Two agents have been recommended as combination therapy for chronic hepatitis Cpatients 18 years of age and older who have relapsed after initial response to alphainterferon. The two agents are alpha interferon (Intron A®/Schering-Plough) andribavirin (Virazole®/ICN). The approval was based on two trials with a total of1,744 patients. One trial of 345 subjects demonstrated that 48.6% of patients showed notraces of hepatitis C vs. 4.7% who were given alpha interferon alone. Side effects weresimilar to those of alpha interferon and include headache, fatigue, and myalgia.


The FDA has removed Cholestin® (Pharmex) from the market. In their ruling, theagency stated that the product is not a dietary supplement. They ruled that it is anunapproved drug that contained a substance that equates with lovastatin (Mevacor®/Merck),a cholesterol-lowering agent.


On may 18th, data were presented to the national meeting of the American Society forClinical Oncology demonstrating a decreased breast cancer risk with tamoxifen (Nolvadex®/Zeneca)and raloxifene (Evista®/Lilly). Dr. Larry Norton of Memorial Sloan-KetteringCancer Center stated: "I foresee a day in the near future when all postmenopausalwomen, and some premenopausal women, will be taking something to prevent breastcancer."

In one study of 13,000 women in the National Surgical Breast and Bowel Project (NSBBP),Dr. Donald Wickerham reported a reduction in breast cancer risk by 45% over four years inwomen at higher risk of the disease, based on age, family history, delayed childbearingand other factors. However, tamoxifen, demonstrated a two to three-fold increase in therisk of uterine cancer, particularly for women over 50. In this study, 85 women takingtamoxifen developed breast cancer, vs. 154 women taking a placebo. Thirty-five womendeveloped uterine cancer, vs. 14 on placebo.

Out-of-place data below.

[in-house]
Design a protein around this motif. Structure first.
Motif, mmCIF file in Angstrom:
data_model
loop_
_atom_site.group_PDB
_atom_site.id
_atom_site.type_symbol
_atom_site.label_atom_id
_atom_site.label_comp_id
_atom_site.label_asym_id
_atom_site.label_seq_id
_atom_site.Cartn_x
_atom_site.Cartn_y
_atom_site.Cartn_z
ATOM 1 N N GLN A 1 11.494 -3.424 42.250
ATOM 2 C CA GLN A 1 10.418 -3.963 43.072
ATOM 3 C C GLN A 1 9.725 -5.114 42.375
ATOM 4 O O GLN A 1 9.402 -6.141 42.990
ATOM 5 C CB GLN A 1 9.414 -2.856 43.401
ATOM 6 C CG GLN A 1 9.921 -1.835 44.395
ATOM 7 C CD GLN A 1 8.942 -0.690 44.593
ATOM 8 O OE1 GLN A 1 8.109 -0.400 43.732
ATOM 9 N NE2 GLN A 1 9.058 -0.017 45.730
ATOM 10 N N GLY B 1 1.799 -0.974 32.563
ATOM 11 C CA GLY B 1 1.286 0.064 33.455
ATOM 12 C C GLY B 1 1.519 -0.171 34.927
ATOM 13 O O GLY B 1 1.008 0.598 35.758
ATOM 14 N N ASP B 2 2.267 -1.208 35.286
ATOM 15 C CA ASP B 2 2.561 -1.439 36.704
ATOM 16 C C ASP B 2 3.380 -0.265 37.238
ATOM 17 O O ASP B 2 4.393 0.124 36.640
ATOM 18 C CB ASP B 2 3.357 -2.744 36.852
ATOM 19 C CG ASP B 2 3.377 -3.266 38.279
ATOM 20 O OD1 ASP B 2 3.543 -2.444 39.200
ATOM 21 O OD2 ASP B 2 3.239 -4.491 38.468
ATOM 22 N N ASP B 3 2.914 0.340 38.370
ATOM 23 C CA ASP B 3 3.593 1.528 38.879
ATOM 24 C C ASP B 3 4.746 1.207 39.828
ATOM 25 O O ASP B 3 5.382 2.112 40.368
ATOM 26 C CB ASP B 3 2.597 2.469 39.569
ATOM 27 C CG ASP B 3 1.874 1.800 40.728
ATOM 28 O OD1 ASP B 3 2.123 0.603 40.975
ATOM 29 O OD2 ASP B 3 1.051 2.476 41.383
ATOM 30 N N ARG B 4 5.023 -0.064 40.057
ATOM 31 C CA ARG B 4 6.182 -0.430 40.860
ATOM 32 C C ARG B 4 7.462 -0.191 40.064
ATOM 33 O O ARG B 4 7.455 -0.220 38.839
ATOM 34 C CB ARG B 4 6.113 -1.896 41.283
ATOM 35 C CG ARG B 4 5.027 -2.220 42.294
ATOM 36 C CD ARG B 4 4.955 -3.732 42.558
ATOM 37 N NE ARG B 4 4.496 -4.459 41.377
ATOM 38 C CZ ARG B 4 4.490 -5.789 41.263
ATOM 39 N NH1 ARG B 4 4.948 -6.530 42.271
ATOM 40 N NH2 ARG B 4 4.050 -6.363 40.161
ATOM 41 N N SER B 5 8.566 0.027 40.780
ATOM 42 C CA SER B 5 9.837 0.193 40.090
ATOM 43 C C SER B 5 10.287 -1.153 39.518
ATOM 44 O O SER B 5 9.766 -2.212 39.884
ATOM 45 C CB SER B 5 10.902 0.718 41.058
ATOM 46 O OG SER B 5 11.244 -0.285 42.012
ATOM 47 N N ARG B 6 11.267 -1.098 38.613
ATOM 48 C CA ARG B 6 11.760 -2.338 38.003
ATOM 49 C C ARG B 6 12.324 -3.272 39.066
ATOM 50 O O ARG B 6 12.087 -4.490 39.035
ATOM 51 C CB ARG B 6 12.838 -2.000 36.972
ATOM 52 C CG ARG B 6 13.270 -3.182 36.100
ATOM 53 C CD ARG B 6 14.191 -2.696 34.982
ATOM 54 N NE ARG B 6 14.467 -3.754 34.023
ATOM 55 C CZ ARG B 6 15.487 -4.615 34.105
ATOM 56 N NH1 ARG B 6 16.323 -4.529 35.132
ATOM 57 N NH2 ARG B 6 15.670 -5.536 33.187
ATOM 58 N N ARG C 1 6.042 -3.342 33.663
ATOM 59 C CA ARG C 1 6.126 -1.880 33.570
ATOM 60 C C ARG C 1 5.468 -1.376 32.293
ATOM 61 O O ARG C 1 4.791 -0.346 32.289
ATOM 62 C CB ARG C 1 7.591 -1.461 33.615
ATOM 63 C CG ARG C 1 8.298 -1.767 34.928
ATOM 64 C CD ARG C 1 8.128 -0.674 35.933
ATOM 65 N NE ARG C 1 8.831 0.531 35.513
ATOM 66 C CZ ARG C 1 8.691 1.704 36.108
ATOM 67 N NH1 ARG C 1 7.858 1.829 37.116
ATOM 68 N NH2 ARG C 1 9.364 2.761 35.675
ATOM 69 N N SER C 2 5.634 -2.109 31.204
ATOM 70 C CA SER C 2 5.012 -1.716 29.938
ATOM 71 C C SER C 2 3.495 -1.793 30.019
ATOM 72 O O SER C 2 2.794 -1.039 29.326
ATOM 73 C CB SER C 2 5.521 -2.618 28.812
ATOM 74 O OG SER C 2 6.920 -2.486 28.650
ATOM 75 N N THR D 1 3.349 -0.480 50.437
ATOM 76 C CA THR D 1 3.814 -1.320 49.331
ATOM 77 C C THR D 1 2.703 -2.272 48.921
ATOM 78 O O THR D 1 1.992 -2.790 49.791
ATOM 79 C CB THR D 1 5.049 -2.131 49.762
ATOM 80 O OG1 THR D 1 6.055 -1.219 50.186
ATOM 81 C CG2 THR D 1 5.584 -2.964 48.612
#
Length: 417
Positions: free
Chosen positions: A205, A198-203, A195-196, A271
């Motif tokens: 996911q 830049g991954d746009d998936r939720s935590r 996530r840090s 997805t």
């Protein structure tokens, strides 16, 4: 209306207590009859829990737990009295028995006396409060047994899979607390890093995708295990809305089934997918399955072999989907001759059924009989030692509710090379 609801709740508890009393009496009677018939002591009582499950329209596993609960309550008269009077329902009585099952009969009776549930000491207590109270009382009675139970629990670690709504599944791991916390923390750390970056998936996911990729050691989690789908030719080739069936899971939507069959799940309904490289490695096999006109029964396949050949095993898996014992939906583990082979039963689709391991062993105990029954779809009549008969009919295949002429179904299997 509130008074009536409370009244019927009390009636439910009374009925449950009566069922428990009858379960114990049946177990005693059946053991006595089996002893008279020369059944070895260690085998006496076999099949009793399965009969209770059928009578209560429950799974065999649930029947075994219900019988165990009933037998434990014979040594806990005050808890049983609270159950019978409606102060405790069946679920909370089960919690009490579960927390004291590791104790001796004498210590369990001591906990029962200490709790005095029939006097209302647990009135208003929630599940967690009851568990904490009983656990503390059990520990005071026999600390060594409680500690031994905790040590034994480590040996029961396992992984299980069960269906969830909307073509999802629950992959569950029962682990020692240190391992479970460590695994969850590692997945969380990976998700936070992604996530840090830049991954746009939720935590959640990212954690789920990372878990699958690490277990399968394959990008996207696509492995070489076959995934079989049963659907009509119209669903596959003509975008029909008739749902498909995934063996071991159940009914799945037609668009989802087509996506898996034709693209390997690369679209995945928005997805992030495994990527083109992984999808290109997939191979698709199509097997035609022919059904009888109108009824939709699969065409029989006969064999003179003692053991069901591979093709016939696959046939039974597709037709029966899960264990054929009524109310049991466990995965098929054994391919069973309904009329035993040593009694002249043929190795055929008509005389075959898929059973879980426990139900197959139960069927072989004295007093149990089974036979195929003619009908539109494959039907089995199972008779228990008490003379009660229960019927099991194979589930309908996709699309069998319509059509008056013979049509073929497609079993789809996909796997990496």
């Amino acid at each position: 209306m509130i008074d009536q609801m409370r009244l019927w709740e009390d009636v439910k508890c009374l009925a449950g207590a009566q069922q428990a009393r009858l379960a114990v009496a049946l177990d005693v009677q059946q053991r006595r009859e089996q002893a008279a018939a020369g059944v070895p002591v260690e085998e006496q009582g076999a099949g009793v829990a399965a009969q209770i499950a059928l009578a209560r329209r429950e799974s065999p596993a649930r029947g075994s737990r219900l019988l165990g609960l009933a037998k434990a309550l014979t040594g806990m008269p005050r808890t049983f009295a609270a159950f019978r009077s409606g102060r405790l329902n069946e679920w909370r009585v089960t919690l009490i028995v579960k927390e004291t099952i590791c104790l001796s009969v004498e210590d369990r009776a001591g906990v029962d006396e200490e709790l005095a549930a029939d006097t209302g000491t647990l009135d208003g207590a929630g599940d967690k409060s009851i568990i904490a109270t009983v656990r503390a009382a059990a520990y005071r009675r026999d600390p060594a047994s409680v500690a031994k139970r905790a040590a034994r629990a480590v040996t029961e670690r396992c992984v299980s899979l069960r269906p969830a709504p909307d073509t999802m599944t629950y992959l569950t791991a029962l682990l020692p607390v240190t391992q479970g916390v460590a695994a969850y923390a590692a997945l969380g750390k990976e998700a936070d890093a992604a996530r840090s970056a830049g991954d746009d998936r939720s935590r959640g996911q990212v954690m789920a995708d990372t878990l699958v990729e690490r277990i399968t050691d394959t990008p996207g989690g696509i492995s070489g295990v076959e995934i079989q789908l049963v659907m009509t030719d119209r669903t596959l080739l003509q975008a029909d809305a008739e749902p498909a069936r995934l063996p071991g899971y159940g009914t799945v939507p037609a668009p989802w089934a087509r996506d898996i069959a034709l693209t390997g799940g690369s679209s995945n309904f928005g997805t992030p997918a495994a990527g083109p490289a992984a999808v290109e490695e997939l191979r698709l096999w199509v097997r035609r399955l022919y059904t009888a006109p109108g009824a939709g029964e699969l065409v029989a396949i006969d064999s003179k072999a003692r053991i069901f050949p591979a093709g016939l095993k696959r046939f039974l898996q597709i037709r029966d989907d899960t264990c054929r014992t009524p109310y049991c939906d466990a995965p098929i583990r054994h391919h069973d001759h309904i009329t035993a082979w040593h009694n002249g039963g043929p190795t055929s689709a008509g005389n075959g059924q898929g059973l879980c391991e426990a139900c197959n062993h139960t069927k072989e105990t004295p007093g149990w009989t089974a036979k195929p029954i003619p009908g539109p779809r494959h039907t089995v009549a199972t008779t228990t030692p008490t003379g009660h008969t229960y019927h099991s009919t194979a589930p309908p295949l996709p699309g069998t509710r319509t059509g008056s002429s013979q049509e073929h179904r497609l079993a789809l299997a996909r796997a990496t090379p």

In a 2 1/2 year study of 7,705 post-menopausal women taking raloxifene to prevent boneloss, Dr. Steve Cummings of the University of California at San Fransisco reported areduction in the risk of breast cancer by about 70%. The participants in the study alsosaw a decrease in the risk of uterine cancer by about half, although this finding ispreliminary. Definitive studies concerning the decreased risk of uterine cancer areexpected to begin this fall.


Bone consists of an organic matrix that is primarily collagen fibers in which aredeposited salts of calcium and phosphate in crystals of hydroxyapatite. The tensilecapacity of collagen and the compressional ability of calcium salts combine to give boneits density and strength. Peak bone mass is reached around the age of 25-33 years of ageeven though the long bones cease growing in length around age 20. The less dense the bone,generally, the greater the chance of developing osteopenis and/or osteoporosis later inlife.